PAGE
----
ATHENS (Reuters) - Alpha Bank (ACBr.AT) turned profitable in January-to-March as strong trading gains offset higher provisions for loan impairments and weaker net interest income, Greece’s fourth-largest bank by assets said on Thursday.
Alpha, 11 percent owned by the country’s bank rescue fund HFSF, reported net earnings from continuing operations of 65.2 million euros (57.2 million pounds) after a net loss of 64 million euros in the fourth quarter of 2017.
Greek banks are scrambling to shrink their problem loan portfolios and meet targets agreed with regulators. Problem loans increased sharply when borrowers found it hard to keep up debt payments during the country’s long recession which pushed unemployment to record highs.
So-called non-performing exposures (NPEs) are the biggest challenge facing the banks. Based on Bank of Greece data at the end of December, NPEs stood at 95.7 billion euros or 43.1 percent of banks’ overall loan book.
“We delivered a profitable performance despite headwinds on net interest income and elevated cost of risk charges,” CEO Dimitris Mantzounis said in a statement, referring to the loan impairments.
“Our funding profile improved significantly as we continued towards the elimination of ELA support, while we reduced the stock of NPEs, outperforming our business plan targets,” he said.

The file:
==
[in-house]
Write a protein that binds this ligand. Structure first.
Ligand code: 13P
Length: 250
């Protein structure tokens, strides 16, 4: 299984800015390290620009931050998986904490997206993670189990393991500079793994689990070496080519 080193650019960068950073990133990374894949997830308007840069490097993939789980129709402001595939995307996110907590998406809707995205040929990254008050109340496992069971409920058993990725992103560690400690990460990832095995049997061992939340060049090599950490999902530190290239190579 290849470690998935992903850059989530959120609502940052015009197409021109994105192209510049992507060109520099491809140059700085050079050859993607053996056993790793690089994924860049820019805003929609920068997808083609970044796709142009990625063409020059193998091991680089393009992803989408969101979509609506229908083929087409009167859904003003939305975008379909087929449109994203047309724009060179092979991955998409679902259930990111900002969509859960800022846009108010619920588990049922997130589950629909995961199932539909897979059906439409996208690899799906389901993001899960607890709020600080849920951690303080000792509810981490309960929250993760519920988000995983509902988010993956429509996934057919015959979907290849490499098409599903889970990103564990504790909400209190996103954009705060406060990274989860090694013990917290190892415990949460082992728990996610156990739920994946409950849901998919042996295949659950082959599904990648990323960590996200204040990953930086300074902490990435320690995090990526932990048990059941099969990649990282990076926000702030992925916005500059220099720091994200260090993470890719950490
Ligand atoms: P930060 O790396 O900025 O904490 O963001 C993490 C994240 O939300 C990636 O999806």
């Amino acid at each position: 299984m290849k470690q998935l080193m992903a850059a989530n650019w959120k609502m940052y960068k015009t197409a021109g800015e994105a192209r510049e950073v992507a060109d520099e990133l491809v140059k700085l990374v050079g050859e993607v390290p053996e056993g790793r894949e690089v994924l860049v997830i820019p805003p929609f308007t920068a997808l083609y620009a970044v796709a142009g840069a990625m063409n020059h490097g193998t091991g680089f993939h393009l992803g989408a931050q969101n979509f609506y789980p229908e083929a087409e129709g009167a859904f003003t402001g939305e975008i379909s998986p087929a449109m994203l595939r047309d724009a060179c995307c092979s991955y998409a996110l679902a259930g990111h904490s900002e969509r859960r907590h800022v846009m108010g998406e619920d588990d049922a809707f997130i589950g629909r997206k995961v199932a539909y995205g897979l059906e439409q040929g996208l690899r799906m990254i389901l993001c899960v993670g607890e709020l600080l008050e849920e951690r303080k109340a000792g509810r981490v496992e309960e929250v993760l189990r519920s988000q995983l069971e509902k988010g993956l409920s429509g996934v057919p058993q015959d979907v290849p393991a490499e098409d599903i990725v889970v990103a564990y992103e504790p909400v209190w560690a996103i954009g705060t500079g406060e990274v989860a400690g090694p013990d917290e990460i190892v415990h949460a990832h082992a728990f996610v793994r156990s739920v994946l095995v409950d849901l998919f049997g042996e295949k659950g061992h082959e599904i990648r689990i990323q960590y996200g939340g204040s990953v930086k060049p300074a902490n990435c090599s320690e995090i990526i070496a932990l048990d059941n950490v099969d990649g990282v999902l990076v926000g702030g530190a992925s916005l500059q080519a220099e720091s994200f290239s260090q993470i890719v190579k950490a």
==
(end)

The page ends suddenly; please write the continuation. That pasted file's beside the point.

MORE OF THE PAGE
Alpha’s provisions for bad debt jumped 38 percent quarter-on-quarter to 336 million euros, adversely affected by impairments in its corporate and retail loan portfolios.
Its ratio of non-performing loans (NPLs) - credit past due for more than 90 days - edged higher to 35.2 percent of its book from 34.9 percent at the end of December.
The bank booked trading gains of 186 million euros, mainly on its Greek government bonds portfolio. But net interest income fell 8 percent year-on-year as lower contributions from the asset side more than offset decreased funding costs.
Alpha’s NPE ratio stood at 51.8 percent at the end of March, while borrowing from the Greek central bank’s emergency liquidity facility (ELA) was reduced by 2.2 billion euros to 4.8 billion at the end of the first quarter and to 3.0 billion in May.
Reporting by George Georgiopoulos. Editing by Jane Merriman